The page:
Indigenous public health needs greater attention, says new NWT chief public health officer

Indigenous public health needs greater attention, says new NWT chief public health officer
Lorne Clearsky

Calling public health the “poor cousins” of the health field, the new NWT Chief Public Health Officer has pledged to do what he can to increase the attention given to preventative health measures that have the potential for huge cost savings over the long-term.

Lorne Clearsky took over from acting Chief Public Health Officer Kami Kandola last week, in the latest progression of a diverse career that has taken him from being a family doctor for fly-in First Nation communities in northern Manitoba to an associate professor at the University of Manitoba to a deputy medical officer in Calgary.

In a wide-ranging, candid Slave River Journal interview, Clearsky had strong words about his medical school training, calling it “another form of colonization.” He was also critical of a health system that he says often blames Aboriginal people for their health problems.

He said the opportunity he has in the NWT extends beyond advancing the cause of public health, which receives a mere three per cent of average health department budgets in Canada.

Part of his task, Clearsky said, will be to change the way society thinks and speaks about Aboriginal health issues.

“You have to have the strength to speak up when you have to, which often disrupts people’s belief systems,” Clearsky said. “That’s one of the important roles here. As Aboriginal people we’re starting to unveil the hidden truths people don’t want to see.”

Clearsky was born on the Waywayseecappo First Nation in Manitoba, before moving to Winnipeg when he was in grade six. His mother attended university while he was a teenager, which helped him see the possibility of getting his own post-secondary education.

He said that his mother’s example – she constantly told him that he would be going to university – would serve many communities where young people have to overcome the fear of the unknown when it comes to post-secondary education.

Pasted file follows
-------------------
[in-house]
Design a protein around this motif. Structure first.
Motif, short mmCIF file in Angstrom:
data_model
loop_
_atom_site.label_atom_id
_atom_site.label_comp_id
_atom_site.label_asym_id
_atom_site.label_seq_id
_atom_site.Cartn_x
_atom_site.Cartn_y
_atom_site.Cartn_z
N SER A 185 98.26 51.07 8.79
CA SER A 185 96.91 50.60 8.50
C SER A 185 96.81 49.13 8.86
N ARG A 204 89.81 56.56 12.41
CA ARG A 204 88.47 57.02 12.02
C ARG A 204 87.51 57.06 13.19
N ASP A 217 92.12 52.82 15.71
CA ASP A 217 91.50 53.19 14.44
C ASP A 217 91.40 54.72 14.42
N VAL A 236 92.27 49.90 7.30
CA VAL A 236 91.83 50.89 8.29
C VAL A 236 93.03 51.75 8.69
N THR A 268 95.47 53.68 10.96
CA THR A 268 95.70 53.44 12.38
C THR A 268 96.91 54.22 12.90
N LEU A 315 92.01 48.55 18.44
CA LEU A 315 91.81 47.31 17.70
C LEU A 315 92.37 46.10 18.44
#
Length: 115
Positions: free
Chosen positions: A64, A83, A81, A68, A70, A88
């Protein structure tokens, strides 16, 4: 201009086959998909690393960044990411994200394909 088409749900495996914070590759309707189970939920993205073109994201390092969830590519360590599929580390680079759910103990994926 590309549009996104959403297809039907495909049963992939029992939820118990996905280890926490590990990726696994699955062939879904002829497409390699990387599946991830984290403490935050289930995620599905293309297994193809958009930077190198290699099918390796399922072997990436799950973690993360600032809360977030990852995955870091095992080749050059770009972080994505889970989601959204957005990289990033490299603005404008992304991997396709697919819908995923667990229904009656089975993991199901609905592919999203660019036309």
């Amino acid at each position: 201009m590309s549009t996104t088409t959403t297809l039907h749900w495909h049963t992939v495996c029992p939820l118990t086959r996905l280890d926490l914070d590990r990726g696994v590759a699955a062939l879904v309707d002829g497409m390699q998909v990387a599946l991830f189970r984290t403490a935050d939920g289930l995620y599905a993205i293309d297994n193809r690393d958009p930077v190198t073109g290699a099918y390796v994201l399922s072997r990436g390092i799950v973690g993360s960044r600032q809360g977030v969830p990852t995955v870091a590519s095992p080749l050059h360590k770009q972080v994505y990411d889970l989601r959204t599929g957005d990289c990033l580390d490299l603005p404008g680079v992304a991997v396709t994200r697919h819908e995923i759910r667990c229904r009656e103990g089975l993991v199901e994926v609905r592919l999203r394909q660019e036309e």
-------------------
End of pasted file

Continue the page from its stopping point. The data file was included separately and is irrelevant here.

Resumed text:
Getting more northern youth into the university system is a major step in capacity-building in the NWT, Clearsky said, which would translate into more northerners filling medical jobs in the territory and improve health outcomes in communities.

Clearsky repeatedly emphasized that he plans to get out into the communities as soon as possible, to start to build an understanding of what the needs and opportunities are in the diverse regions of the NWT.

He said he learned while working in northern Manitoba that each community has different strengths needing to be fostered.

He also learned during that time that his efforts as a family doctor were getting him nowhere in addressing the bigger, systematic problems seen in the health of communities.

“It felt like I was treating the symptoms of something bigger,” Clearsky said. “That’s why this position is interesting to me, to influence the health of the population as a whole.”

But he knows the solutions will take time to implement.

“Colonization has been going on for 500 years,” he said. “We’re talking generational issues.”

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